Jon Bernthal, his abs, and Rosie O’Donnell’s wig invite you back to the office. But for the love of God, please wear a mask because, in this office, people are having sex for money. This ain’t Dunder Mifflin, baby. This is the seedy underworld of American Gigalo, a workplace drama starring Jon Bernthal, Gretchen Mol, and Rosie O’Donnell, based on the classic 1980 film directed by Paul Schrader.
A “present-day reimagining” of the American Gigolo mythos, the new series sees Berthal stepping in for Richard Gere as our titular sex worker Julian Kay. The trailer begins where the movie ends, though, with Julian exonerated for the murder of a client. Anyone who’s ever seen a television show in the last two decades can probably guess where this is going: He needs to find out who framed him and why. To do so, he has to get back to American Gigolo-ing.
Here’s the official synopsis:
America Gigolo follows Julian Kaye after his wrongful conviction release from 15 years in prison as he navigates his complicated relationships with his former lover Michelle (Gretchen Mol), his troubled mother, and the people who betrayed him. While Julian struggles to reconcile the escort he was in the past and the man he is today, Detective Sunday (Rosie O’Donnell) seeks the truth about the murder that sent Julian to prison all those years ago, unearthing a much larger conspiracy along the way.
Following in the tradition of Andrew Dice Clay and Ray Romano, Rosie O’Donnell dons a funny wig for a dramatic turn in a prestige crime drama. Who are we to discourage her? We’d love to see Rosie bring someone’s ass down.
One person who might discourage her is American Gigolo film director Paul Schrader. Facebook’s biggest Taylor Swift fan expressed dismay toward the show online, calling the idea of a Gigolo series “a terrible idea.” Last month, he wrote:
After the Showtime trailer appeared online, I’ve been asked if I am involved The answer is No. Some years ago, I received a call from Paramount asking about remaking American Gigolo as a series. I replied that I thought it was a terrible idea—times had changed, internet porn had redefined male sex work, viruses, etc. I couldn’t imagine Julian Kay working a Hen Party. (Scorsese and I had fought off similar attempts to redo Taxi Driver for years.)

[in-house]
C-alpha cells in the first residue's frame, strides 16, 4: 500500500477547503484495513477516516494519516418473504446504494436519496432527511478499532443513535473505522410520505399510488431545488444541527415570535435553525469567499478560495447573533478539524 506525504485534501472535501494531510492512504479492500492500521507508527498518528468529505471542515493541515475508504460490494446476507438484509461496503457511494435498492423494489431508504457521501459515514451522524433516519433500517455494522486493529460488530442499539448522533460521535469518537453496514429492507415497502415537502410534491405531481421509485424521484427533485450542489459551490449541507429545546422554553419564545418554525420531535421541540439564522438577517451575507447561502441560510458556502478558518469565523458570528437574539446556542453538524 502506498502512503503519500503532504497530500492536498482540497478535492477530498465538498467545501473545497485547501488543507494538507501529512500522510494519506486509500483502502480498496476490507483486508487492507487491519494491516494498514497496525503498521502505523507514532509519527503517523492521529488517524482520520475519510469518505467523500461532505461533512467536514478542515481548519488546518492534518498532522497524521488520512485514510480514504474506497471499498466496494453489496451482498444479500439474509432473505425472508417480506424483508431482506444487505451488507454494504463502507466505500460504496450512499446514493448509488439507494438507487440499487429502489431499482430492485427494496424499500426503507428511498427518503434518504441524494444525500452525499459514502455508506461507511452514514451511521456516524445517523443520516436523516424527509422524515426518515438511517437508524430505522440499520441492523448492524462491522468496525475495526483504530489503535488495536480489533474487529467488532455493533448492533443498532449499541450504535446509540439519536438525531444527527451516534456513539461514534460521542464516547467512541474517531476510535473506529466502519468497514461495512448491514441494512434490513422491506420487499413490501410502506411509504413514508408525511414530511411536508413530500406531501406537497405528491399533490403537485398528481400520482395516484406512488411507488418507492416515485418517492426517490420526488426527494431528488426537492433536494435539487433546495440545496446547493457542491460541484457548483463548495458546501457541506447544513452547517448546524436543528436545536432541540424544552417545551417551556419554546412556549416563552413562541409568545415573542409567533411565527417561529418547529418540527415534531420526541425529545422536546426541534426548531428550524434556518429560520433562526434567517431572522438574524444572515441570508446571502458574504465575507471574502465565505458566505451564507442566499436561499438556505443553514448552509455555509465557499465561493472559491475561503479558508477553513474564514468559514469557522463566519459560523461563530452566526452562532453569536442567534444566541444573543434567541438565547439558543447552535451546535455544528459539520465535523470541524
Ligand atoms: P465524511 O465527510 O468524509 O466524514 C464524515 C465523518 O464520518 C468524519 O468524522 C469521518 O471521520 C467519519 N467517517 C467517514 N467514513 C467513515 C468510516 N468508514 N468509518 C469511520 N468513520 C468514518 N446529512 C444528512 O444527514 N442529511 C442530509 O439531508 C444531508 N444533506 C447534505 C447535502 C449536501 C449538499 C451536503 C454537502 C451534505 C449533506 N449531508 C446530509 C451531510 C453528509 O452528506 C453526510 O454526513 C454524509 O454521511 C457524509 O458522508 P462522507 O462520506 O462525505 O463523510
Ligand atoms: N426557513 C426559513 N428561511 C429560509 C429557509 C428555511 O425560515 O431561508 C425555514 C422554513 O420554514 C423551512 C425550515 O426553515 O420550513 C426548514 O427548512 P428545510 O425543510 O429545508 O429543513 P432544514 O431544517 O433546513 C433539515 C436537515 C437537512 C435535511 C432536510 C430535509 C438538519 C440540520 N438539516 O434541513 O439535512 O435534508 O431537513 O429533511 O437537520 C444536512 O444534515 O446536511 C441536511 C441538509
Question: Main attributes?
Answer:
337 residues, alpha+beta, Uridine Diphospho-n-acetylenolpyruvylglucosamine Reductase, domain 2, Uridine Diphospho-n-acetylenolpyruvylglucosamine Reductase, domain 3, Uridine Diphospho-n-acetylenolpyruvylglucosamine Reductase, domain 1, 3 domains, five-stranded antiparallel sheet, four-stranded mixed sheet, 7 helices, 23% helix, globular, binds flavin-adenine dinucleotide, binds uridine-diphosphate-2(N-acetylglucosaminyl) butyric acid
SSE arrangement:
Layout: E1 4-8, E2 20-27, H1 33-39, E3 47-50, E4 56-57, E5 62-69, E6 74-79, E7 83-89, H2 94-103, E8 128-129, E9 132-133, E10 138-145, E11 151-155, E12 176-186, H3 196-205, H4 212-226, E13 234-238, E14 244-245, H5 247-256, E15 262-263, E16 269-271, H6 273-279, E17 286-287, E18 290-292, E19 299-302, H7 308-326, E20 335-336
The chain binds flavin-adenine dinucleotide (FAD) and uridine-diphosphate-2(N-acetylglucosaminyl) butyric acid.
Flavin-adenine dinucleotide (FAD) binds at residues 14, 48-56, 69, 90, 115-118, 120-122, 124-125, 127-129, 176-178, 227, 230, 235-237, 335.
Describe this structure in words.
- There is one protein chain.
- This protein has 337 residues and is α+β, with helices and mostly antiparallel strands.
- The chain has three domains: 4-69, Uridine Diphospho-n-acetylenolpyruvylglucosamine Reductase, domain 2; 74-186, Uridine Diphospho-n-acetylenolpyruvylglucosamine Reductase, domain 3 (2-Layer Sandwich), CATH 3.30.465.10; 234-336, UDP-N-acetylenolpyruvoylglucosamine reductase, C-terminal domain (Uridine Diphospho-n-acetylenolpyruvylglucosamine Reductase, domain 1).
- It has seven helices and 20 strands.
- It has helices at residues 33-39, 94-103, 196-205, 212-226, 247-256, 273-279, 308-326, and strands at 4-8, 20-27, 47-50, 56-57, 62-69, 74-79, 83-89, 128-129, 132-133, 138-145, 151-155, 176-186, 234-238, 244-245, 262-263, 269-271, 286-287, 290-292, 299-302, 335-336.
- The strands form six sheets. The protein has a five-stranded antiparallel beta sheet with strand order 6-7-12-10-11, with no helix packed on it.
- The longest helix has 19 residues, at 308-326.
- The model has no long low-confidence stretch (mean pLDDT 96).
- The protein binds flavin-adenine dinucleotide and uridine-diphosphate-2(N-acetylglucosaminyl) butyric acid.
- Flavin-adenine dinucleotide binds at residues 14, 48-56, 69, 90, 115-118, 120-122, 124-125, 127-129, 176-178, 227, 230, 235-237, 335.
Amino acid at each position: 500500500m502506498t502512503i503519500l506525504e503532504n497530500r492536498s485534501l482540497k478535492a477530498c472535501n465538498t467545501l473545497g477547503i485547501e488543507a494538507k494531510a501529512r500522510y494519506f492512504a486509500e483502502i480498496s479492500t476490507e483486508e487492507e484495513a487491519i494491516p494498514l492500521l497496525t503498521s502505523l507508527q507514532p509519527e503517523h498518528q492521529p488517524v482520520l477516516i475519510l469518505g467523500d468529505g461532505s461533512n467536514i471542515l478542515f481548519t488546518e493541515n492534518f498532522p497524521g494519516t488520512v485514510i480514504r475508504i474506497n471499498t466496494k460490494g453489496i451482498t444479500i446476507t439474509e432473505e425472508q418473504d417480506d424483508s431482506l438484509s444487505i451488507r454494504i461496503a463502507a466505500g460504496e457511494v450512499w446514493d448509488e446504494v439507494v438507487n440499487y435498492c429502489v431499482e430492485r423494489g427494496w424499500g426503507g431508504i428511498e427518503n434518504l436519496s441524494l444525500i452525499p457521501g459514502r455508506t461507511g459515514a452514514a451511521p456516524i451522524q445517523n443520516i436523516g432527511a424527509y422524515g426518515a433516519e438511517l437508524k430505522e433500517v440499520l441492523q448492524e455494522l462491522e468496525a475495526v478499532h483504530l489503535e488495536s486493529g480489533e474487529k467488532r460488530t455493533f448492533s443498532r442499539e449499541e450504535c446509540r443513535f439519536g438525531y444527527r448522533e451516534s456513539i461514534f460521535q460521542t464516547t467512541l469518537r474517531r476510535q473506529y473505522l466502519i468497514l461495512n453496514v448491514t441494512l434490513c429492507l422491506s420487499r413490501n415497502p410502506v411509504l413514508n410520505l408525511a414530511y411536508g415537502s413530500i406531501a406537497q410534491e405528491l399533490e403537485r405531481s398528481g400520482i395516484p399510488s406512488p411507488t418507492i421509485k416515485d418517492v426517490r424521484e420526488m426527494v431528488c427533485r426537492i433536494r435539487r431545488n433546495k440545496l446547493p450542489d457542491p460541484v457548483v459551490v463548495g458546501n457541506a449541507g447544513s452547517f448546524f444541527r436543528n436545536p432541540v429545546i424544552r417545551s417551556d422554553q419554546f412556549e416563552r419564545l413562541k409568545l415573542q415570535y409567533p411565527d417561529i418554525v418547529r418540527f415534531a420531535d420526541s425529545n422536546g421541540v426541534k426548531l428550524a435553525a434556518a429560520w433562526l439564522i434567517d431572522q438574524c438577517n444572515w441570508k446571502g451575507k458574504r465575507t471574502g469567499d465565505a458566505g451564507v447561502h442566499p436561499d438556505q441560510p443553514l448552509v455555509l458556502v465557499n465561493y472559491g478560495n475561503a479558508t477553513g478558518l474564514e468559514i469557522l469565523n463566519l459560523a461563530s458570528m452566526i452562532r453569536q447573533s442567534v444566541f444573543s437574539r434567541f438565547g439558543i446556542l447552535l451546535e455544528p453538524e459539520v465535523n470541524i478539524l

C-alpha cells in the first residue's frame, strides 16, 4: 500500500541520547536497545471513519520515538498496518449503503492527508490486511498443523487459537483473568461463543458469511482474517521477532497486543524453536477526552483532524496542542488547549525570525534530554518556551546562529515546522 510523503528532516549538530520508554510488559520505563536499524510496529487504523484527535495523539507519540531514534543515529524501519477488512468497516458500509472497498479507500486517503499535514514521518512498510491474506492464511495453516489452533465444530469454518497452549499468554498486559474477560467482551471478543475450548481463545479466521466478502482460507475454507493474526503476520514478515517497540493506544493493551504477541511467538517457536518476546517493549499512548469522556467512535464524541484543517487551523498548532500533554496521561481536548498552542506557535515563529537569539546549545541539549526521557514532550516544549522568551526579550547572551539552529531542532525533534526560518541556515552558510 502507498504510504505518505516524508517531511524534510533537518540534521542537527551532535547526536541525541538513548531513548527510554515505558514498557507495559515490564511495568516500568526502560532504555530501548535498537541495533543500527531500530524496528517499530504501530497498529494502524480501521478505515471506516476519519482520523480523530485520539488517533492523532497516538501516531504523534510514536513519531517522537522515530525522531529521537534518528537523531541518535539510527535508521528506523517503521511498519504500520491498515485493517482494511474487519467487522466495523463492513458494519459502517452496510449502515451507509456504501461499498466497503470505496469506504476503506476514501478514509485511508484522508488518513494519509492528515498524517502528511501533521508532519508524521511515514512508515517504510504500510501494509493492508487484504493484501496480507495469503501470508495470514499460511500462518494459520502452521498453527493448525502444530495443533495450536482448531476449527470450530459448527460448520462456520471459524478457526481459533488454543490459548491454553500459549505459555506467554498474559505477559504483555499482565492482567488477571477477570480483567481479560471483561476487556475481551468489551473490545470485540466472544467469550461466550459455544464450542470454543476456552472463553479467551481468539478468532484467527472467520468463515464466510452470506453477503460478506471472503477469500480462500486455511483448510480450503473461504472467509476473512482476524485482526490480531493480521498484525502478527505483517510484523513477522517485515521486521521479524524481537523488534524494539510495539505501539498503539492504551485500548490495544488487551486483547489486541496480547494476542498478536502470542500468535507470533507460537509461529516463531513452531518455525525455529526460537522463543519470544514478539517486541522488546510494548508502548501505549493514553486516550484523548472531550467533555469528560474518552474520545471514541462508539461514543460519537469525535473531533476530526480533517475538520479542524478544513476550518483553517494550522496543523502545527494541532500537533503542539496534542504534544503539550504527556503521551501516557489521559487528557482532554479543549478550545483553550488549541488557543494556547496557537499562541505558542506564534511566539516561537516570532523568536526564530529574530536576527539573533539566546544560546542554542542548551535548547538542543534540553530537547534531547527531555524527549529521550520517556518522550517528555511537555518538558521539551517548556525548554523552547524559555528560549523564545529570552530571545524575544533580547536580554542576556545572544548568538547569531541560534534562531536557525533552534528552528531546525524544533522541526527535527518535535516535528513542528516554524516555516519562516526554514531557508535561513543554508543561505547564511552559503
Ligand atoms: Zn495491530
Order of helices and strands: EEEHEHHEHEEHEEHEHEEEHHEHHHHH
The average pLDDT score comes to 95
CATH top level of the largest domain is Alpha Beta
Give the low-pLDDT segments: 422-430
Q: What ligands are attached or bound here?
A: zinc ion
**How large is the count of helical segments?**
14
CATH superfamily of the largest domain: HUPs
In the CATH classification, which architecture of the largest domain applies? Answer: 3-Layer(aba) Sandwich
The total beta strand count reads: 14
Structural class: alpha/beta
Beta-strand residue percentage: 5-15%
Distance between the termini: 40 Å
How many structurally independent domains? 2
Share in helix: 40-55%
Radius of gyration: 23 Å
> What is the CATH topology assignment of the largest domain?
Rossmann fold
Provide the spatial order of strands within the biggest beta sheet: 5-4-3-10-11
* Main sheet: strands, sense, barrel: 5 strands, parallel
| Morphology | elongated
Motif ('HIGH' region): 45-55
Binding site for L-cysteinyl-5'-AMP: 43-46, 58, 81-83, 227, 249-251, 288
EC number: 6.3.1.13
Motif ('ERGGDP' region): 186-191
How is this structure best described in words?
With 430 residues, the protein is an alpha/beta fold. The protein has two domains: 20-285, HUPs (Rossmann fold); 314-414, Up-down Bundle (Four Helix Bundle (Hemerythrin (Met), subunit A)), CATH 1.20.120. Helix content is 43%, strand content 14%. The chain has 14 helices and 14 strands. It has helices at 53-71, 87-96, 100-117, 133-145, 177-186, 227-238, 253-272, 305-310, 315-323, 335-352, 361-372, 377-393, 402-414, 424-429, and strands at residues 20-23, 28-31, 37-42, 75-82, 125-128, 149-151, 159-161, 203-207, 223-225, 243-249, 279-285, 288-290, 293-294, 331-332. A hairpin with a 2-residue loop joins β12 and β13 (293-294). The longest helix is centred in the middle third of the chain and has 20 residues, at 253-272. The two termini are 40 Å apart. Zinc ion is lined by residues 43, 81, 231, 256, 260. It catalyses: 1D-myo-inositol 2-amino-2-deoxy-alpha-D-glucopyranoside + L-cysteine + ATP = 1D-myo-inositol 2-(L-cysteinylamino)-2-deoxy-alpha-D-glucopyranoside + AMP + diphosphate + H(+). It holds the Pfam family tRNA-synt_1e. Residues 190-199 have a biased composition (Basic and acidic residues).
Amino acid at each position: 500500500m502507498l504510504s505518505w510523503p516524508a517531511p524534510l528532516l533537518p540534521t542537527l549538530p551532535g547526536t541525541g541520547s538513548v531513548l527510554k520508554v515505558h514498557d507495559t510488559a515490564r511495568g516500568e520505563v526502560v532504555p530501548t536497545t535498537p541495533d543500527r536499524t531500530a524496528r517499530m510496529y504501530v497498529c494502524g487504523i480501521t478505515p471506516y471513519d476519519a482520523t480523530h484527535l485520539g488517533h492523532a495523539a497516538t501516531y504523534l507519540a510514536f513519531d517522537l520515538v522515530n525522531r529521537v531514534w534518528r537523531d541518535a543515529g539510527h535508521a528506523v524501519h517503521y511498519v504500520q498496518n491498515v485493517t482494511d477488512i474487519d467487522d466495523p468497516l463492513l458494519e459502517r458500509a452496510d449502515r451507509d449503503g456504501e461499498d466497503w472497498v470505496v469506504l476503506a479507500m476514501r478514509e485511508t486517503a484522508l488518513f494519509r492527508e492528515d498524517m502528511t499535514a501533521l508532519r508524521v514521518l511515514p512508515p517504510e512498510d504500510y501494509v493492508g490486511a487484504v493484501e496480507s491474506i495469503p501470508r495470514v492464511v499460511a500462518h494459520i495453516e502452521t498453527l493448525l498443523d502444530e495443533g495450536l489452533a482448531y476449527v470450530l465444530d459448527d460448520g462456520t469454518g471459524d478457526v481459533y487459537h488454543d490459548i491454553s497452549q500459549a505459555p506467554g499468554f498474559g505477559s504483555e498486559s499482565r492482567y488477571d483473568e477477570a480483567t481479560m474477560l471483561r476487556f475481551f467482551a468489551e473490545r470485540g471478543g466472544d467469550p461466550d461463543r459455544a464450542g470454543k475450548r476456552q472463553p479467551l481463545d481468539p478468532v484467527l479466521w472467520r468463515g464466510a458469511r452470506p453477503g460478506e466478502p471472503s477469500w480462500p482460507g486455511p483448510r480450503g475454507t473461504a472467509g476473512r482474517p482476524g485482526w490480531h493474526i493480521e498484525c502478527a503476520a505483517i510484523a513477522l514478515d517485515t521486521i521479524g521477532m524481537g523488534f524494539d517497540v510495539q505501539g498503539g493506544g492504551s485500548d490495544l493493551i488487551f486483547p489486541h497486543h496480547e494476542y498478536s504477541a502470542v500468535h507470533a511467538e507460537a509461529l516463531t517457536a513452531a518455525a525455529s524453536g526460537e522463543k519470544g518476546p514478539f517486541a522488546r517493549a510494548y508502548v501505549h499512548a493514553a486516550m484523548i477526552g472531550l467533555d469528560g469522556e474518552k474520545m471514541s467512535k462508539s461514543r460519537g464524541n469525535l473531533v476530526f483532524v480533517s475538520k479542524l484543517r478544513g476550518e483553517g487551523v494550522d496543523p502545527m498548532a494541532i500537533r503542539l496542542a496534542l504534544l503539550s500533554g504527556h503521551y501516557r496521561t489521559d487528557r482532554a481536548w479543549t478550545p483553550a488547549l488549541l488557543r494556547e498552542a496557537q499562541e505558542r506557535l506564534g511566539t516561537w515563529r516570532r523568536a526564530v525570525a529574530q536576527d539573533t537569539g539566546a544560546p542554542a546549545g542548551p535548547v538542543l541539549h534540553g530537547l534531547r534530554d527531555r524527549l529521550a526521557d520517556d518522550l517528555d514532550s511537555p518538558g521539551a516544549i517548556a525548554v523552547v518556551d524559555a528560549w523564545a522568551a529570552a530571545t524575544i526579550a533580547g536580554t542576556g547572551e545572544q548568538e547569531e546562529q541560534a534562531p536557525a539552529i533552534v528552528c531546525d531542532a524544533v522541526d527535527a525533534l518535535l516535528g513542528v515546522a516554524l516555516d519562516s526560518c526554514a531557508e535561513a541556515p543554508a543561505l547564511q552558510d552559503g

I thought that was the end of it. Then came another call saying Jerry Bruckheimer and Paramount had the rights to redo AG without my consent. I said I would think about how such a show could be structured. No, the caller explained, they did not want my involvement. Here were my options: (1) take $50G and not be involved (2) take $0 and not be involved (3) threaten an expensive and futile lawsuit and not be involved. I took the $50G. I haven’t seen the trailer. I’m a great fan of John Bernthal and wish Gretchen Mol the best (also wish I could have done a better job with the film I wrote and directed for her—sorry for that, Gretch). I don’t plan to watch the Showtime series. I don’t think I could be objective about it and, even if I could, it’s too much agita.
Schrader should also object to the show’s rollout, which like every other series in 2022, is confusing as hell. The show will premiere on Showtime on September 9 for Showtime subscribers to stream online and on demand. However, its broadcast premiere will be on September 11 at 9 p.m. Eastern on Showtime.